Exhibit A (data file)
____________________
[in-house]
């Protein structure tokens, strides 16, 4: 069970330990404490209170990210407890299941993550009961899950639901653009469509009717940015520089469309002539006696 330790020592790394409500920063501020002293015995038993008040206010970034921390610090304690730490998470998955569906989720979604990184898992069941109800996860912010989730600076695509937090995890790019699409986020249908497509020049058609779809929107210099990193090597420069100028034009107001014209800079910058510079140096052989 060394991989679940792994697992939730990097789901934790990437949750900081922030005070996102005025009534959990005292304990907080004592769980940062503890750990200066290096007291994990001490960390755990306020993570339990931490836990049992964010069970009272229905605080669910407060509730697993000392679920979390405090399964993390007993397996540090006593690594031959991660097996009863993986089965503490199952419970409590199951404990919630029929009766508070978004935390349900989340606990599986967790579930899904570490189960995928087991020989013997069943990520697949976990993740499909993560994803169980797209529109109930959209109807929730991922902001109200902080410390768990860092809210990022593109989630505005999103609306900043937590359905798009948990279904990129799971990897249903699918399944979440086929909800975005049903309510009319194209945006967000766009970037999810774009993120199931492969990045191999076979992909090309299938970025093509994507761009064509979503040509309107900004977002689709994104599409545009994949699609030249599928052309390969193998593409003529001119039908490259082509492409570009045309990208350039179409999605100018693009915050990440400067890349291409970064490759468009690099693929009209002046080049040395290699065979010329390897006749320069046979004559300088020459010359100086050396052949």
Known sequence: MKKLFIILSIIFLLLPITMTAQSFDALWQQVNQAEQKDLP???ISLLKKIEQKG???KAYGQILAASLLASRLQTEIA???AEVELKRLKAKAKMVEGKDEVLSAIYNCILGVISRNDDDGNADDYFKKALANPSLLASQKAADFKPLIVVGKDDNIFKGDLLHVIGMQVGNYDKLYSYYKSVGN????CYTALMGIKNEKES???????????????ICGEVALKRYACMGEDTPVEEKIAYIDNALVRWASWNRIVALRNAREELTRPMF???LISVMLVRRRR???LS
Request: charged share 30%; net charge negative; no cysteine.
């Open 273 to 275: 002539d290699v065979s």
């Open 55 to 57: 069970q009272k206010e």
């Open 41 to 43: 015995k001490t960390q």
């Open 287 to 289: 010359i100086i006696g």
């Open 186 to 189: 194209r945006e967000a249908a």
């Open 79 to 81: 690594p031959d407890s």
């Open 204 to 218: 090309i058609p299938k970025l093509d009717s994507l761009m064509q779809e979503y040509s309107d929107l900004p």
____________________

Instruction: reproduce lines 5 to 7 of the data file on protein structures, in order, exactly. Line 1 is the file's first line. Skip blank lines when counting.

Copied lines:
């Open 273 to 275: 002539d290699v065979s």
């Open 55 to 57: 069970q009272k206010e």
């Open 41 to 43: 015995k001490t960390q």